The Eurozone and Bretton Woods are prime examples of planned international monetary arrangements designed in each case to deal with the perceived flaws of earlier more ‘spontaneous order systems ‘based on domestic monetary institutions (Gallarotti 1995).
Putting the ‘system’ in the international monetary system
Michael Bordo, Angela Redish, 20 June 2013
Making the European Monetary Union
Harold James, 17 February 2013
It is often claimed – especially but not only by US economists – that the travails of the euro show that it is impossible to have a monetary union in the absence of a political union, and that Europe is necessarily embarking on a US-style experiment in federalism.
A new IMF reserve currency without the problems of the substitution account – The creation of Special Transaction Rights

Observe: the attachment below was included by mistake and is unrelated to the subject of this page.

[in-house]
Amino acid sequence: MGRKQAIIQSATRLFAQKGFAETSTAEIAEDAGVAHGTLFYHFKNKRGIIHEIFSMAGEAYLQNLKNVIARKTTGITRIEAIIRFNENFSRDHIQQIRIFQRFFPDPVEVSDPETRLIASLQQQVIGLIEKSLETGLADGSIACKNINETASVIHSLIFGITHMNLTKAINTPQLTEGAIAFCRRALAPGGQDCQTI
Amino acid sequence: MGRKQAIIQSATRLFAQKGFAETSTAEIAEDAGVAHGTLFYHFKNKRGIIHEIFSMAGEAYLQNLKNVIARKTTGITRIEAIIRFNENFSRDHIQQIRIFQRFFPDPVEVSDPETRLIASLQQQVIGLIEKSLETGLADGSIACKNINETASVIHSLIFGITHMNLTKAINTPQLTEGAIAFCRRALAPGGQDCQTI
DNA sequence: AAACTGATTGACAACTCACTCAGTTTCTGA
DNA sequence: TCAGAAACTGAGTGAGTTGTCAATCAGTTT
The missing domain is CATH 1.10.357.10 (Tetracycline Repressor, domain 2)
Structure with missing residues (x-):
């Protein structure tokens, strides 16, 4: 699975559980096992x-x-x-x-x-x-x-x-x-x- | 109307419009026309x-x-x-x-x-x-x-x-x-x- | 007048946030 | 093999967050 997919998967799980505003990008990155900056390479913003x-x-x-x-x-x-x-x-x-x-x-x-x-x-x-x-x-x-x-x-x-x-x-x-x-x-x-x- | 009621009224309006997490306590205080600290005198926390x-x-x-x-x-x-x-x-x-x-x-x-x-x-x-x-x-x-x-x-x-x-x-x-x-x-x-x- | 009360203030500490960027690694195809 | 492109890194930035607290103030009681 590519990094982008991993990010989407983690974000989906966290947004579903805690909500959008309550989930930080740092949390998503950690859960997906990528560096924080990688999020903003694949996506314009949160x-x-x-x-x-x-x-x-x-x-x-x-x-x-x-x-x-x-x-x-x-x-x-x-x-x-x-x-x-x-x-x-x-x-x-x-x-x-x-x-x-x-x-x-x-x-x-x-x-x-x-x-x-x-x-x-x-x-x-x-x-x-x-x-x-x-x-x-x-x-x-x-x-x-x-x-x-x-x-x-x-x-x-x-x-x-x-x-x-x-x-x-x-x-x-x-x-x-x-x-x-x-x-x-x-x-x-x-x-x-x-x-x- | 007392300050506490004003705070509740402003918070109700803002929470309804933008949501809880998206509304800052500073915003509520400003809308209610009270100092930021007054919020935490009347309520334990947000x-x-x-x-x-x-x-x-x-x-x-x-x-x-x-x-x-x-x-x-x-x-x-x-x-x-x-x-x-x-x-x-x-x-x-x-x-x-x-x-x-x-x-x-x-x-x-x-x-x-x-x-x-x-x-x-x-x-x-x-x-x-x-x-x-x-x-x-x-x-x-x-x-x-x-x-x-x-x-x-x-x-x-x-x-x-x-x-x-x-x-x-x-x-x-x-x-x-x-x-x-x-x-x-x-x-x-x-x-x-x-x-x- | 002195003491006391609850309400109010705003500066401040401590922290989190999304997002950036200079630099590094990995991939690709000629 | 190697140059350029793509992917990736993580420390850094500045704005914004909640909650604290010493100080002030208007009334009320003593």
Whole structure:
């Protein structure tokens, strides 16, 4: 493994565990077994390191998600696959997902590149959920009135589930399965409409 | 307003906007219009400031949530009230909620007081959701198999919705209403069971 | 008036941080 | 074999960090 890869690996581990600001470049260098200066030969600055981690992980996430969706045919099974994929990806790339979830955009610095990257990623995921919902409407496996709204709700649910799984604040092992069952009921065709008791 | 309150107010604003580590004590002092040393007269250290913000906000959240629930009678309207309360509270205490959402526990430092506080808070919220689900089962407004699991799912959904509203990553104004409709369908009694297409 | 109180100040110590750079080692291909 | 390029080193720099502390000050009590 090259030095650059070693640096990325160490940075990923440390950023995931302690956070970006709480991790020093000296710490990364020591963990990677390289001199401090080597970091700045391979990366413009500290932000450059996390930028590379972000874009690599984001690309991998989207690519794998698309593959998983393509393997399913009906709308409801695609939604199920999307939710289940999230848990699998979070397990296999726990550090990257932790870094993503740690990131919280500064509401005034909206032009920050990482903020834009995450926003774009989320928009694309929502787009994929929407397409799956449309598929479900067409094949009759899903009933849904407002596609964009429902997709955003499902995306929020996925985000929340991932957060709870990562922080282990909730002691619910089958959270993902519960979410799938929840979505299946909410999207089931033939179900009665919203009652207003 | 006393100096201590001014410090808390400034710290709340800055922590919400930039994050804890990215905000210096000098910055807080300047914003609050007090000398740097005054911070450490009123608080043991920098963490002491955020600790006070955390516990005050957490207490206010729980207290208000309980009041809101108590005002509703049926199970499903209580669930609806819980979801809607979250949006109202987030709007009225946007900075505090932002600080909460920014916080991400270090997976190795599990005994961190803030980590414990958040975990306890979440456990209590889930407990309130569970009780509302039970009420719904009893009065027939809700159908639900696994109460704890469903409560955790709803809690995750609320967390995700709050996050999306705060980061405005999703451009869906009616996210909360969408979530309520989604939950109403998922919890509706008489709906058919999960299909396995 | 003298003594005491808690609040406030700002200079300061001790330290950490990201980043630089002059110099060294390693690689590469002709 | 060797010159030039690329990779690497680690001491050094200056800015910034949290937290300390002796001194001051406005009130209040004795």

Martin Skala, 20 April 2011
In the wake of the global financial crisis, the discontent with the current international monetary system lingers on (see for example Vines 2010). But is there an alternative given the decades-old discussions about gold, Bretton Woods Systems, Bancor, and Special Drawing Rights (SDRs)? Yes, there is.
- A tale of two depressions: What do the new data tell us? February 2010 updateEichengreen, O’Rourke
- The ECB’s stealth bailoutSinn
- Educated in America: College graduates and high school dropoutsHeckman, LaFontaine
- Eurozone breakup would trigger the mother of all financial crisesEichengreen
- Panic-driven austerity in the Eurozone and its implicationsDe Grauwe, Ji
Adelman, 28 October 2013
Reichlin, Giugliano, 7 November 2013
Holmes, McGrattan, Prescott
Beck, De Haas, Ongena